Abstract: Borrowing money during marriage can create community property. The only way to avoid this is through a well-drafted premarital agreement. This article discusses how to address the intent of the lender rule in a prenup.
by Peter M. Walzer
Joe Fields was a successful Texas business man when he married Ann Southern, of Plano, Texas in 1990. Joe was the owner of a line of convenience stores. At the time he married Ann, he owned 50 stores. Ann and Joe settled in Plano.
Being a prudent businessman, Joe entered into a premarital agreement with Ann that made it clear that his business was his separate property. After about eight years of marriage, Ann spent more and more time at their home in Malibu. Like so many who come here, Ann had dreams of becoming an actress.
In time, because they had divergent interests, their marriage deteriorated and Ann filed a petition for dissolution of their marriage, in the Los Angeles Superior Court. She requested spousal support as well as the division of their community property.
During the marriage, Joe had expanded his business from 50 stores to 500 stores. Now there is a Joe’s in almost every mall in the United States. He was confident that the premarital agreement would protect him.
Unfortunately, Joe’s premarital agreement did not have an anti-Grinius clause, (Marriage of Grinius (1985) 166 CA 3d 1179) codified in California Family Code 770). Joe’s Texas lawyers prepared the premarital agreement, but they had never heard of the Grinius case or the intent of the Lender Rule which holds if the lender relies on community property, the proceeds of the loan is community property, and anything purchased with those funds, at least to the extent of the contribution, becomes community property.
During the marriage, Joe financed the growth of his business by entering into a series of revolving loans. In a deposition, under cross examination, Joe’s bankers testified that they relied on the general credit of the community when funding the loans. The lending institution was not going to be constrained by a premarital agreement or any other arrangement between the parties as to what they could attach if the business collapsed.
After 10 years of financing and refinancing, Joe had inadvertently commingled his community property with his separate property. Because of the difficulties in untangling the web, he was forced into a position to settle for a lot more than he should have, especially since he had a premarital agreement that designated his business as separate property.
When drafting a premarital agreement, anticipate that the agreement may be litigated in other states. It is somewhat predictable where the parties might end up if the parties have vacation homes or other contacts in those states. To protect your client advise him to retain counsel in those jurisdictions to help you draft the agreement. In other cases, the best you can do is warn the client that the agreement may not be enforceable in other states or countries. In our mobile society it is almost certain that a client will move and they may move to a jurisdiction where the agreement may not be enforceable.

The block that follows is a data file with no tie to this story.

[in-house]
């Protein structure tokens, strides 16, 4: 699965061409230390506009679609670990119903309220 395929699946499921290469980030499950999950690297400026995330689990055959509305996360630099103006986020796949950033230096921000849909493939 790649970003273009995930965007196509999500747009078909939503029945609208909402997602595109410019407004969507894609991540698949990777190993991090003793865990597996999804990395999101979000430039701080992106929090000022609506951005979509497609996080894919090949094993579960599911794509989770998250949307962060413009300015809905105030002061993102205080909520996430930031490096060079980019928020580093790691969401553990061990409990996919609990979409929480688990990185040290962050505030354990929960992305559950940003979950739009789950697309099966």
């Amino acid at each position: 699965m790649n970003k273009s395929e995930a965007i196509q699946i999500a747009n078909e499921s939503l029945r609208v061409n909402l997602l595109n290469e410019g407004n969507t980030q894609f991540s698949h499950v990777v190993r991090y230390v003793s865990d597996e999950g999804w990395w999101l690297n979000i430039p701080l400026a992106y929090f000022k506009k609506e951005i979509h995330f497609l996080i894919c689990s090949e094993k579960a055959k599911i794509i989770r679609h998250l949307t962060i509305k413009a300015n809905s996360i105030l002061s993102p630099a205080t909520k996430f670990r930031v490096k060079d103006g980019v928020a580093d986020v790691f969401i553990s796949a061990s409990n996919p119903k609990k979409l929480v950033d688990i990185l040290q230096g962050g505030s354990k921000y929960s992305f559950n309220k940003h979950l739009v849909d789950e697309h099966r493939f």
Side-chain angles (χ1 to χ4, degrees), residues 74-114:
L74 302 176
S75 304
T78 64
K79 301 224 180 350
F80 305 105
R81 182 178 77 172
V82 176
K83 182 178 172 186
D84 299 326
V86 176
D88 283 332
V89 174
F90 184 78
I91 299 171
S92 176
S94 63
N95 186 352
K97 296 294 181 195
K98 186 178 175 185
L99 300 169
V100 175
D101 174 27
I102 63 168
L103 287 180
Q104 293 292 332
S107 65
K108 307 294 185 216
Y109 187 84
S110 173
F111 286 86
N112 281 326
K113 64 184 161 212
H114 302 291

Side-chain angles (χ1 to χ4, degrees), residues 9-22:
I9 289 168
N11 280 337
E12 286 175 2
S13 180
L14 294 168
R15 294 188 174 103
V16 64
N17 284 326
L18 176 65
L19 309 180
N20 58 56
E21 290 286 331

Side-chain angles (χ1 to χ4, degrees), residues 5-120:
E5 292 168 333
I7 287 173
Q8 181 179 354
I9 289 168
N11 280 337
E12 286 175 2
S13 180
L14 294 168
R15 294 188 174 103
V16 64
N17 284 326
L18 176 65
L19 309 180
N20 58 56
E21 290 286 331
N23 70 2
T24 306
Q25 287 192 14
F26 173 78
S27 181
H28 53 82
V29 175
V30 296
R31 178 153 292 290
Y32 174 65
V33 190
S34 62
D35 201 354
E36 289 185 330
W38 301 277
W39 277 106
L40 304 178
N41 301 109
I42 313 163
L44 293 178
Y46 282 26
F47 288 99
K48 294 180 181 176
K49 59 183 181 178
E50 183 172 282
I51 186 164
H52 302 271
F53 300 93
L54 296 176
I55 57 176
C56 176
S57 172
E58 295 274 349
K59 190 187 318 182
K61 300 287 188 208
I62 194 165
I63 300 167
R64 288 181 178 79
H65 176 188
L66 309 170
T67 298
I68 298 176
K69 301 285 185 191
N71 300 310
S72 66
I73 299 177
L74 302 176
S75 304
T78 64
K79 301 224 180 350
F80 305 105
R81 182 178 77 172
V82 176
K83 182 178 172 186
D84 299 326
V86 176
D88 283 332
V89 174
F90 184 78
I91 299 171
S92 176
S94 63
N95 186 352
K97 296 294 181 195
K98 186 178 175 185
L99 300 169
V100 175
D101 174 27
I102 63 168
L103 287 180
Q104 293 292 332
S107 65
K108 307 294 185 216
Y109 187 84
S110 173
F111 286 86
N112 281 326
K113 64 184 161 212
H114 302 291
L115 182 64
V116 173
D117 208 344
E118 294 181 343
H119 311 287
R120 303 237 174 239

In California, premarital agreement law has changed significantly in the last two years. In 2000, we had two cases which changed our premarital agreement laws. The Barry Bonds divorce that went to the California Supreme Court Marriage of Bonds (2000) 24 Cal 4th) and Marriage of Pendleton and Fireman (2000) 24 Cal 4th 39, which permitted the limitation of spousal support in premarital agreements. Then in 2002, California passed a statute that attempted to deal with those Supreme Court cases by limiting when premarital agreements can be entered into. The new law provides that the agreement must be presented to the other party at least seven days before it is signed. It also provides that the unconscionability of the spousal support limitation will be determined at the time of trial, and that spousal support limitations are unenforceable unless the parties are represented by counsel. There are rules for agreements where one or both parties are not represented by counsel, even if there is no limitation of support. It is not clear that if a premarital agreement is entered into in another state and does not comply with California rules, whether we will enforce that agreement. Your agreement should state that the agreement will be enforced according to the law of your state. But even then, the matter may be handled by a Judge in a courthouse in the wastelands of California who is asked to apply Pennsylvania law to a marriage when the couple have lived in California for 10 years. This could lead to an unpredictable result.
If you want your agreement to be enforceable in more than one state, you may have to retain attorneys in another state to protect yourself.